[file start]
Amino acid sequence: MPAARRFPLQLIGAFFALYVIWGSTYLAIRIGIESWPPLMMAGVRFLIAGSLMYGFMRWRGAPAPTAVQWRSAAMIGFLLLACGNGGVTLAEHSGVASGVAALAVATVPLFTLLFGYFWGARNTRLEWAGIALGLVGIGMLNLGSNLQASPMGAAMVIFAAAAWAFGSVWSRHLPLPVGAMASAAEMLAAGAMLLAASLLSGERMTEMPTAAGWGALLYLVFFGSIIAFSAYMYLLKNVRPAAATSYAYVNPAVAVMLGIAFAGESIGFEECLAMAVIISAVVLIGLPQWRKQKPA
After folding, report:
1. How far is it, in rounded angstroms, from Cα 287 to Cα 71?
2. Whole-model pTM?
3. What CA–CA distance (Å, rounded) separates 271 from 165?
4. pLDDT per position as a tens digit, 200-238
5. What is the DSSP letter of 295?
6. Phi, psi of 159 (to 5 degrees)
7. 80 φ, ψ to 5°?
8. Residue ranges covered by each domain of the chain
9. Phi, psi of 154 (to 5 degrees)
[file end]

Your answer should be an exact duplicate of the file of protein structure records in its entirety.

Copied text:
Amino acid sequence: MPAARRFPLQLIGAFFALYVIWGSTYLAIRIGIESWPPLMMAGVRFLIAGSLMYGFMRWRGAPAPTAVQWRSAAMIGFLLLACGNGGVTLAEHSGVASGVAALAVATVPLFTLLFGYFWGARNTRLEWAGIALGLVGIGMLNLGSNLQASPMGAAMVIFAAAAWAFGSVWSRHLPLPVGAMASAAEMLAAGAMLLAASLLSGERMTEMPTAAGWGALLYLVFFGSIIAFSAYMYLLKNVRPAAATSYAYVNPAVAVMLGIAFAGESIGFEECLAMAVIISAVVLIGLPQWRKQKPA
After folding, report:
1. How far is it, in rounded angstroms, from Cα 287 to Cα 71?
2. Whole-model pTM?
3. What CA–CA distance (Å, rounded) separates 271 from 165?
4. pLDDT per position as a tens digit, 200-238
5. What is the DSSP letter of 295?
6. Phi, psi of 159 (to 5 degrees)
7. 80 φ, ψ to 5°?
8. Residue ranges covered by each domain of the chain
9. Phi, psi of 154 (to 5 degrees)